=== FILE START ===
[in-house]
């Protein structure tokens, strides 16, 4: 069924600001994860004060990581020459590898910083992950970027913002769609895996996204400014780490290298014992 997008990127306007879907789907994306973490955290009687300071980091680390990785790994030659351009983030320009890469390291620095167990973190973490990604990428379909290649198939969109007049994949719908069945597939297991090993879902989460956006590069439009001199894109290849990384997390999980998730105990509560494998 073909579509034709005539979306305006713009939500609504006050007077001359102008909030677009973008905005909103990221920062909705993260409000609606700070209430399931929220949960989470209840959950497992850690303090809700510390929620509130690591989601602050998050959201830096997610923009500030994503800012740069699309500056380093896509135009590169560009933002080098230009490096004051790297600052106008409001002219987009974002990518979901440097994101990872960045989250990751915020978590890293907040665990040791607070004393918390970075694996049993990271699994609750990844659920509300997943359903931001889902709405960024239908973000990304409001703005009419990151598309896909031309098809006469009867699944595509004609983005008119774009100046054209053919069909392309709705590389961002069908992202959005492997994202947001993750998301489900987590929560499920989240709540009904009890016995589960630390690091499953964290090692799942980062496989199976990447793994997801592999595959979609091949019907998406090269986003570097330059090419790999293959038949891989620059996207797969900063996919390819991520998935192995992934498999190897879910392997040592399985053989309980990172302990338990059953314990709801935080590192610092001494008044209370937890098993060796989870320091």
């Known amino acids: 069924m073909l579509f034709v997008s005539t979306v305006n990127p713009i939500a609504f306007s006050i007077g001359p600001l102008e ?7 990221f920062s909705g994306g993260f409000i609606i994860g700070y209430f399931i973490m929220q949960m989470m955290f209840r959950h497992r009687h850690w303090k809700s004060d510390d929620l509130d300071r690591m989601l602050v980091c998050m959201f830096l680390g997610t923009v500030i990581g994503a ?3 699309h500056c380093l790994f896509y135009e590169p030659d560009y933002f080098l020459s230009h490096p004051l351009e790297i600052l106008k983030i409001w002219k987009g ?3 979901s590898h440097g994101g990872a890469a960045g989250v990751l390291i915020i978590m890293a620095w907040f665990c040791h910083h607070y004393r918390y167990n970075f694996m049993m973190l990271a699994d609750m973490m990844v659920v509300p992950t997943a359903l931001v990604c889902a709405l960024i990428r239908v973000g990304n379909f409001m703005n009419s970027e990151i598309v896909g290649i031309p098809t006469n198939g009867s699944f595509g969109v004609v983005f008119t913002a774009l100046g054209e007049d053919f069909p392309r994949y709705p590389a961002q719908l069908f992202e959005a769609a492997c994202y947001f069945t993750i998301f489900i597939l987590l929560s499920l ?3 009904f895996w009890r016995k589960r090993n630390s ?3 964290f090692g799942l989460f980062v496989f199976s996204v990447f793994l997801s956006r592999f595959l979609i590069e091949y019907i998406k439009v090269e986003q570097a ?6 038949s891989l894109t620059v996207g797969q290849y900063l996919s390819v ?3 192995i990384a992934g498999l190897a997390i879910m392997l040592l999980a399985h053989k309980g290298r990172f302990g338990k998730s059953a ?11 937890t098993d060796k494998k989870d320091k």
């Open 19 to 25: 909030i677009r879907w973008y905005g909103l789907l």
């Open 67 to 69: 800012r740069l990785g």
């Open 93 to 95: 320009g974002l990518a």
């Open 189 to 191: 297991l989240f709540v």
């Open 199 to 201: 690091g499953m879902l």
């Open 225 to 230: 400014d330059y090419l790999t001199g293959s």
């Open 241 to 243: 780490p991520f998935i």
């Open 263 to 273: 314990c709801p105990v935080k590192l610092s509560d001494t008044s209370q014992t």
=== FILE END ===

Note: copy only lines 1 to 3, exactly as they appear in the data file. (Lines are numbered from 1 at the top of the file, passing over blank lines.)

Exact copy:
[in-house]
């Protein structure tokens, strides 16, 4: 069924600001994860004060990581020459590898910083992950970027913002769609895996996204400014780490290298014992 997008990127306007879907789907994306973490955290009687300071980091680390990785790994030659351009983030320009890469390291620095167990973190973490990604990428379909290649198939969109007049994949719908069945597939297991090993879902989460956006590069439009001199894109290849990384997390999980998730105990509560494998 073909579509034709005539979306305006713009939500609504006050007077001359102008909030677009973008905005909103990221920062909705993260409000609606700070209430399931929220949960989470209840959950497992850690303090809700510390929620509130690591989601602050998050959201830096997610923009500030994503800012740069699309500056380093896509135009590169560009933002080098230009490096004051790297600052106008409001002219987009974002990518979901440097994101990872960045989250990751915020978590890293907040665990040791607070004393918390970075694996049993990271699994609750990844659920509300997943359903931001889902709405960024239908973000990304409001703005009419990151598309896909031309098809006469009867699944595509004609983005008119774009100046054209053919069909392309709705590389961002069908992202959005492997994202947001993750998301489900987590929560499920989240709540009904009890016995589960630390690091499953964290090692799942980062496989199976990447793994997801592999595959979609091949019907998406090269986003570097330059090419790999293959038949891989620059996207797969900063996919390819991520998935192995992934498999190897879910392997040592399985053989309980990172302990338990059953314990709801935080590192610092001494008044209370937890098993060796989870320091």
């Known amino acids: 069924m073909l579509f034709v997008s005539t979306v305006n990127p713009i939500a609504f306007s006050i007077g001359p600001l102008e ?7 990221f920062s909705g994306g993260f409000i609606i994860g700070y209430f399931i973490m929220q949960m989470m955290f209840r959950h497992r009687h850690w303090k809700s004060d510390d929620l509130d300071r690591m989601l602050v980091c998050m959201f830096l680390g997610t923009v500030i990581g994503a ?3 699309h500056c380093l790994f896509y135009e590169p030659d560009y933002f080098l020459s230009h490096p004051l351009e790297i600052l106008k983030i409001w002219k987009g ?3 979901s590898h440097g994101g990872a890469a960045g989250v990751l390291i915020i978590m890293a620095w907040f665990c040791h910083h607070y004393r918390y167990n970075f694996m049993m973190l990271a699994d609750m973490m990844v659920v509300p992950t997943a359903l931001v990604c889902a709405l960024i990428r239908v973000g990304n379909f409001m703005n009419s970027e990151i598309v896909g290649i031309p098809t006469n198939g009867s699944f595509g969109v004609v983005f008119t913002a774009l100046g054209e007049d053919f069909p392309r994949y709705p590389a961002q719908l069908f992202e959005a769609a492997c994202y947001f069945t993750i998301f489900i597939l987590l929560s499920l ?3 009904f895996w009890r016995k589960r090993n630390s ?3 964290f090692g799942l989460f980062v496989f199976s996204v990447f793994l997801s956006r592999f595959l979609i590069e091949y019907i998406k439009v090269e986003q570097a ?6 038949s891989l894109t620059v996207g797969q290849y900063l996919s390819v ?3 192995i990384a992934g498999l190897a997390i879910m392997l040592l999980a399985h053989k309980g290298r990172f302990g338990k998730s059953a ?11 937890t098993d060796k494998k989870d320091k």